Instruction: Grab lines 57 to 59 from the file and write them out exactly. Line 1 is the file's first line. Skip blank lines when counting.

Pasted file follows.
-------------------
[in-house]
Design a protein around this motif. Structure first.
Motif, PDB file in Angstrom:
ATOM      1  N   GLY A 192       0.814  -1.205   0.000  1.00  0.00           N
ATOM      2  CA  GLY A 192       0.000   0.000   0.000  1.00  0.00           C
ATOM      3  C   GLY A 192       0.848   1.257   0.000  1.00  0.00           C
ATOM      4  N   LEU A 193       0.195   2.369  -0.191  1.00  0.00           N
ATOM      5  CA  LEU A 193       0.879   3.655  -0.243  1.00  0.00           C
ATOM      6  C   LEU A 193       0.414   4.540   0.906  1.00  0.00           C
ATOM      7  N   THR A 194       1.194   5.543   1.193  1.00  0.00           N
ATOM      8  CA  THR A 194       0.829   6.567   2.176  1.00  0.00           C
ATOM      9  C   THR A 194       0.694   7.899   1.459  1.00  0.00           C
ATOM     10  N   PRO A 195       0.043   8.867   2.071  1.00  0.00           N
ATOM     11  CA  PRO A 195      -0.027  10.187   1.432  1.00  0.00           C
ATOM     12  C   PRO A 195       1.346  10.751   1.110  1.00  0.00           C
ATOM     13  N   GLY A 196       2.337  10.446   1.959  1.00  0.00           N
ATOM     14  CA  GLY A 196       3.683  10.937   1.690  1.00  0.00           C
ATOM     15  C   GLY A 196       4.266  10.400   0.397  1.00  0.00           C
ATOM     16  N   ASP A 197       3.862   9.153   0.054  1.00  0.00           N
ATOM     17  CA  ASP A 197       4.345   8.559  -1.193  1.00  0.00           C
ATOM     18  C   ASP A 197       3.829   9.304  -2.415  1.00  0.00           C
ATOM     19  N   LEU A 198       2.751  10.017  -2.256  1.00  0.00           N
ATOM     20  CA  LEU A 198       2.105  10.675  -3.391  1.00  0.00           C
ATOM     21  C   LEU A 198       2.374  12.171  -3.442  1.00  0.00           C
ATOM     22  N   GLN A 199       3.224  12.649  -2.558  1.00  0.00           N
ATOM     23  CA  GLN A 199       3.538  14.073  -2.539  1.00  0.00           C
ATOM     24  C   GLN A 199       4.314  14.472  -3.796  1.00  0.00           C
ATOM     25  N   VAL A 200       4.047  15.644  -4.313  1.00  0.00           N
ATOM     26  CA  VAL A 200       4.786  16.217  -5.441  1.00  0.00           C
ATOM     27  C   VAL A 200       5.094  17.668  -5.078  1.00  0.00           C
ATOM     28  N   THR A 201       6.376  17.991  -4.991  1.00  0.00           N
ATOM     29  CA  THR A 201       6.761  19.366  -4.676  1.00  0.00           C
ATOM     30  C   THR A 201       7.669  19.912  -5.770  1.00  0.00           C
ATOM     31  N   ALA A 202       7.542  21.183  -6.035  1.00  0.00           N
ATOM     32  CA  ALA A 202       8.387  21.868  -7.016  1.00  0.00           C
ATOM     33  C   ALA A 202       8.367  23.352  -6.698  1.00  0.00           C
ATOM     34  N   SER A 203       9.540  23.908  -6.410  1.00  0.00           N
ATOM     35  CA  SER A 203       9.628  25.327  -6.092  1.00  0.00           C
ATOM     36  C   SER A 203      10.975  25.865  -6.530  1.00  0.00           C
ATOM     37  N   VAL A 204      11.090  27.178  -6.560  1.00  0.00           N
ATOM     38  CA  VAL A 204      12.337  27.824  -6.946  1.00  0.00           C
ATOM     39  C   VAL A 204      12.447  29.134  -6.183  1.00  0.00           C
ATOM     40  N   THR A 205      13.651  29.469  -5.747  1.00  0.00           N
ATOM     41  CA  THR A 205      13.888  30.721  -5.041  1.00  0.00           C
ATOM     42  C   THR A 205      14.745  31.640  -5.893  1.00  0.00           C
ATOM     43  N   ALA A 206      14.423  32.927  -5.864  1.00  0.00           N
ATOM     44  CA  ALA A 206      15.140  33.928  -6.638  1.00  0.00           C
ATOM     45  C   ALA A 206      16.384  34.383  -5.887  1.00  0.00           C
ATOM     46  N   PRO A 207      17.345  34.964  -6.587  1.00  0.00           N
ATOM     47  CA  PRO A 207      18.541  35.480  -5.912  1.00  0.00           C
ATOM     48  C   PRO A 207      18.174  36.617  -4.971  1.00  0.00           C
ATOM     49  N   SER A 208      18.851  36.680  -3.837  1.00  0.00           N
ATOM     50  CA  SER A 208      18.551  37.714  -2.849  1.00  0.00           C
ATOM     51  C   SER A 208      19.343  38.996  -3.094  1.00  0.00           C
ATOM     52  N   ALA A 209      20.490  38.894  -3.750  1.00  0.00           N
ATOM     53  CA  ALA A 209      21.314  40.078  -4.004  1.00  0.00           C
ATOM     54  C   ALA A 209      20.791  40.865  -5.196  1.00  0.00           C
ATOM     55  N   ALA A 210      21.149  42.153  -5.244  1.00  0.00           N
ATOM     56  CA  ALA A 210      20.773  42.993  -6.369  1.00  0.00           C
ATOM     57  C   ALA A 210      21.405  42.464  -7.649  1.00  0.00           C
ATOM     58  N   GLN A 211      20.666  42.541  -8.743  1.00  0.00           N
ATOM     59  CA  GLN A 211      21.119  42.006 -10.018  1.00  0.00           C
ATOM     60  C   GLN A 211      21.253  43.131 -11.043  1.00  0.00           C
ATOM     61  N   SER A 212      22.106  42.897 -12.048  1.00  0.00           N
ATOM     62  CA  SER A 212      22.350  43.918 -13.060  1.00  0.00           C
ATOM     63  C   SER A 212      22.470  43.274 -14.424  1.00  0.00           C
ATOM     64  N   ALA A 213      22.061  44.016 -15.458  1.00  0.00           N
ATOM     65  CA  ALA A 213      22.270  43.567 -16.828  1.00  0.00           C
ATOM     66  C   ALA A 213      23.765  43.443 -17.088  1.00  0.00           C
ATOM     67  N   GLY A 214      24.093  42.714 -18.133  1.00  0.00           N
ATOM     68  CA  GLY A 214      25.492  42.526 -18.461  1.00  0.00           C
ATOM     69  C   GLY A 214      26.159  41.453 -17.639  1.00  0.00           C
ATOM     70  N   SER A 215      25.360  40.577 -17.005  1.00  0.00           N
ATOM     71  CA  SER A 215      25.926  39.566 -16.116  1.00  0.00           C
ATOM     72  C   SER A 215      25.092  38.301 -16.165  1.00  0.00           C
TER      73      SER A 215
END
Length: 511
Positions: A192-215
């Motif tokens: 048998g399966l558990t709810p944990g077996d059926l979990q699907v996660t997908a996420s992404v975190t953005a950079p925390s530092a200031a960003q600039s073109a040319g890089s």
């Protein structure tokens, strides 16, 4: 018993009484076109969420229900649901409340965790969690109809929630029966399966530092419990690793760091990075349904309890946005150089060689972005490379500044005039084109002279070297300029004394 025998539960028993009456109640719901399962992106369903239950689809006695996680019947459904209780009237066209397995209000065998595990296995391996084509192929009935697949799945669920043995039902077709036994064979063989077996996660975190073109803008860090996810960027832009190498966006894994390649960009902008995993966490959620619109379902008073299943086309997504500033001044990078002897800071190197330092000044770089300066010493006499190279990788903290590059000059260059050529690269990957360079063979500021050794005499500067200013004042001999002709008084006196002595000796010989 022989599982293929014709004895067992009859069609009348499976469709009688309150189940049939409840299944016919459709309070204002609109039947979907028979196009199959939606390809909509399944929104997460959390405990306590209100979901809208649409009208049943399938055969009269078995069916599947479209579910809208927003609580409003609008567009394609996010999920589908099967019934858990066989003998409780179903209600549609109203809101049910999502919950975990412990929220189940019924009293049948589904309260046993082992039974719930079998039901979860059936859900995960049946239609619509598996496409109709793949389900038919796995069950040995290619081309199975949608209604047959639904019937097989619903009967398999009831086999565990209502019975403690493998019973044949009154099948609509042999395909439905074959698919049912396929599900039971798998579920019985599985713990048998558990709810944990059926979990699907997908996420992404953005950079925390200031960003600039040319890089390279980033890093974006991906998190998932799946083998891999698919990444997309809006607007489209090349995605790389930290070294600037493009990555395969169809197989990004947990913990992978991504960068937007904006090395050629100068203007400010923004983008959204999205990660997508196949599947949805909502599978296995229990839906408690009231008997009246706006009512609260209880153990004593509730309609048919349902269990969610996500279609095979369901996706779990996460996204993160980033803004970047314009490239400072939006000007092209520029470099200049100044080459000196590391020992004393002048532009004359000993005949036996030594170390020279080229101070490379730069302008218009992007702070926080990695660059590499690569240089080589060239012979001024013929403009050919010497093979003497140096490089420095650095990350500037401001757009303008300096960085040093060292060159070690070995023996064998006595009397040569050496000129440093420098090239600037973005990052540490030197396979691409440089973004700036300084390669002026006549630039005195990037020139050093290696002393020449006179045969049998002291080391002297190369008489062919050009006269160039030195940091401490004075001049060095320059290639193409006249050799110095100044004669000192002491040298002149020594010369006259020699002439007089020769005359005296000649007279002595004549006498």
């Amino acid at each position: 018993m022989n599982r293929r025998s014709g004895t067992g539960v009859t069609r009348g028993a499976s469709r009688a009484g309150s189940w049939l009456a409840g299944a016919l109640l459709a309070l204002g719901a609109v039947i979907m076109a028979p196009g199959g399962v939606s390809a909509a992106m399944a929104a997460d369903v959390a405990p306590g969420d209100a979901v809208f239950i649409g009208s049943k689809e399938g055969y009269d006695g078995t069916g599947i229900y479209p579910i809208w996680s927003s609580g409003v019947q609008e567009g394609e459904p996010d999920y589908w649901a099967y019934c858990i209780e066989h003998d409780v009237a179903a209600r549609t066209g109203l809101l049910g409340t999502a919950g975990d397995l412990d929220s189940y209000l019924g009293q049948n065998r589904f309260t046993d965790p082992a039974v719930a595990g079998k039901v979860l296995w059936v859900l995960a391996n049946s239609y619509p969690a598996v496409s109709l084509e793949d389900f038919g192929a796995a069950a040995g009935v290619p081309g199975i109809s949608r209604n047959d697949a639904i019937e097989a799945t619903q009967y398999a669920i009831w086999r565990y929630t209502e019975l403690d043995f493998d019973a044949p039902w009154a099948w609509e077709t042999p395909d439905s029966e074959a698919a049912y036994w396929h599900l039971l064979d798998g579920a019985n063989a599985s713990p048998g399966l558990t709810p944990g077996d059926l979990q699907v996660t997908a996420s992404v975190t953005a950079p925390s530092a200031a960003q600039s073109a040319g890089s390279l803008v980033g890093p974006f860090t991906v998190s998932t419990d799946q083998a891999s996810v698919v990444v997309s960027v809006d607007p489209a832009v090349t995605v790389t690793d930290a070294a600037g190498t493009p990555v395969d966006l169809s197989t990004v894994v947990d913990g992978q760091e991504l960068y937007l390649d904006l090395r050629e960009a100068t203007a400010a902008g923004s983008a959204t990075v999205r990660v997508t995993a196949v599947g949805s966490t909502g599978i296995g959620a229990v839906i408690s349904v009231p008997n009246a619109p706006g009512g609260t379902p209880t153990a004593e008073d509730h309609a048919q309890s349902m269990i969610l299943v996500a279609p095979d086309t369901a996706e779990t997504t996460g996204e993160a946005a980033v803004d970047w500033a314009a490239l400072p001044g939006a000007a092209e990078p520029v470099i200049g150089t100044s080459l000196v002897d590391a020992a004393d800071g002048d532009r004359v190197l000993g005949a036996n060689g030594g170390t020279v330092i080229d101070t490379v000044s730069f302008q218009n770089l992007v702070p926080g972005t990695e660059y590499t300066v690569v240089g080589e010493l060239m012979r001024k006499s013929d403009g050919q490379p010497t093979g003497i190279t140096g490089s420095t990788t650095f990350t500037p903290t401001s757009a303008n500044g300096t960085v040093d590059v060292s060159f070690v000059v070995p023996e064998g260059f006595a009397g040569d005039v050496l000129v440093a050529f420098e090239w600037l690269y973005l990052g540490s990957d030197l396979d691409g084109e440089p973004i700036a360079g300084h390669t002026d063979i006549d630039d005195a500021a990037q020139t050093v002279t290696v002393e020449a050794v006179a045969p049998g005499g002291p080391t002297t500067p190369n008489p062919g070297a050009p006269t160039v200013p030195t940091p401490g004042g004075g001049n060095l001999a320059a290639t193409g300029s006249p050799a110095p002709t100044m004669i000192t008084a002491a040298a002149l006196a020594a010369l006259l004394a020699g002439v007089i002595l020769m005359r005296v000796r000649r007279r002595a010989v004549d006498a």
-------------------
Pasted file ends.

ATOM     54  C   ALA A 209      20.791  40.865  -5.196  1.00  0.00           C
ATOM     55  N   ALA A 210      21.149  42.153  -5.244  1.00  0.00           N
ATOM     56  CA  ALA A 210      20.773  42.993  -6.369  1.00  0.00           C